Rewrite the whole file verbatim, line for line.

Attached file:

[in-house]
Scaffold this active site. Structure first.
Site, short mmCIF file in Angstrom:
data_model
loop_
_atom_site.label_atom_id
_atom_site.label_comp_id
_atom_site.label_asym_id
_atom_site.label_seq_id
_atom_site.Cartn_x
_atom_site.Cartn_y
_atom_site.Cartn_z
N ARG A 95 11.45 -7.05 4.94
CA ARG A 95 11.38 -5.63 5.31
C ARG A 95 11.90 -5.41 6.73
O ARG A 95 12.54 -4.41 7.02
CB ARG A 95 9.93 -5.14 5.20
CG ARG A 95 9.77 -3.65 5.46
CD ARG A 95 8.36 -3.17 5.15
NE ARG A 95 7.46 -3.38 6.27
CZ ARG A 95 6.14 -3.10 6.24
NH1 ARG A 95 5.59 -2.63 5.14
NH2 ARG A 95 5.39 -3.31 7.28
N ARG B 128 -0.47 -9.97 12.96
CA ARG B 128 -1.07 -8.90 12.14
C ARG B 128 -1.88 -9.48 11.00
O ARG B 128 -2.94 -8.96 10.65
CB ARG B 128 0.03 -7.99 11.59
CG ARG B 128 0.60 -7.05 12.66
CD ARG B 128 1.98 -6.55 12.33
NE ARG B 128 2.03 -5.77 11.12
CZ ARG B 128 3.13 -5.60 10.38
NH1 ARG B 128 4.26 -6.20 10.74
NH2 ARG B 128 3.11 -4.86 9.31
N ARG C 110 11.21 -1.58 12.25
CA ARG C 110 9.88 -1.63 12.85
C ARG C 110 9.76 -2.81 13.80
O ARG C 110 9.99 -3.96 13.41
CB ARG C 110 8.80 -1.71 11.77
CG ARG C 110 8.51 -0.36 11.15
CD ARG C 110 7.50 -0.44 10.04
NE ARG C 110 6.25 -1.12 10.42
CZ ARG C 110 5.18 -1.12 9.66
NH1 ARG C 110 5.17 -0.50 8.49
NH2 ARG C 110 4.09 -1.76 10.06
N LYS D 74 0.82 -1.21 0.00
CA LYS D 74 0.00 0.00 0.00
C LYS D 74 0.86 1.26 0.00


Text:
[in-house]
Scaffold this active site. Structure first.
Site, short mmCIF file in Angstrom:
data_model
loop_
_atom_site.label_atom_id
_atom_site.label_comp_id
_atom_site.label_asym_id
_atom_site.label_seq_id
_atom_site.Cartn_x
_atom_site.Cartn_y
_atom_site.Cartn_z
N ARG A 95 11.45 -7.05 4.94
CA ARG A 95 11.38 -5.63 5.31
C ARG A 95 11.90 -5.41 6.73
O ARG A 95 12.54 -4.41 7.02
CB ARG A 95 9.93 -5.14 5.20
CG ARG A 95 9.77 -3.65 5.46
CD ARG A 95 8.36 -3.17 5.15
NE ARG A 95 7.46 -3.38 6.27
CZ ARG A 95 6.14 -3.10 6.24
NH1 ARG A 95 5.59 -2.63 5.14
NH2 ARG A 95 5.39 -3.31 7.28
N ARG B 128 -0.47 -9.97 12.96
CA ARG B 128 -1.07 -8.90 12.14
C ARG B 128 -1.88 -9.48 11.00
O ARG B 128 -2.94 -8.96 10.65
CB ARG B 128 0.03 -7.99 11.59
CG ARG B 128 0.60 -7.05 12.66
CD ARG B 128 1.98 -6.55 12.33
NE ARG B 128 2.03 -5.77 11.12
CZ ARG B 128 3.13 -5.60 10.38
NH1 ARG B 128 4.26 -6.20 10.74
NH2 ARG B 128 3.11 -4.86 9.31
N ARG C 110 11.21 -1.58 12.25
CA ARG C 110 9.88 -1.63 12.85
C ARG C 110 9.76 -2.81 13.80
O ARG C 110 9.99 -3.96 13.41
CB ARG C 110 8.80 -1.71 11.77
CG ARG C 110 8.51 -0.36 11.15
CD ARG C 110 7.50 -0.44 10.04
NE ARG C 110 6.25 -1.12 10.42
CZ ARG C 110 5.18 -1.12 9.66
NH1 ARG C 110 5.17 -0.50 8.49
NH2 ARG C 110 4.09 -1.76 10.06
N LYS D 74 0.82 -1.21 0.00
CA LYS D 74 0.00 0.00 0.00
C LYS D 74 0.86 1.26 0.00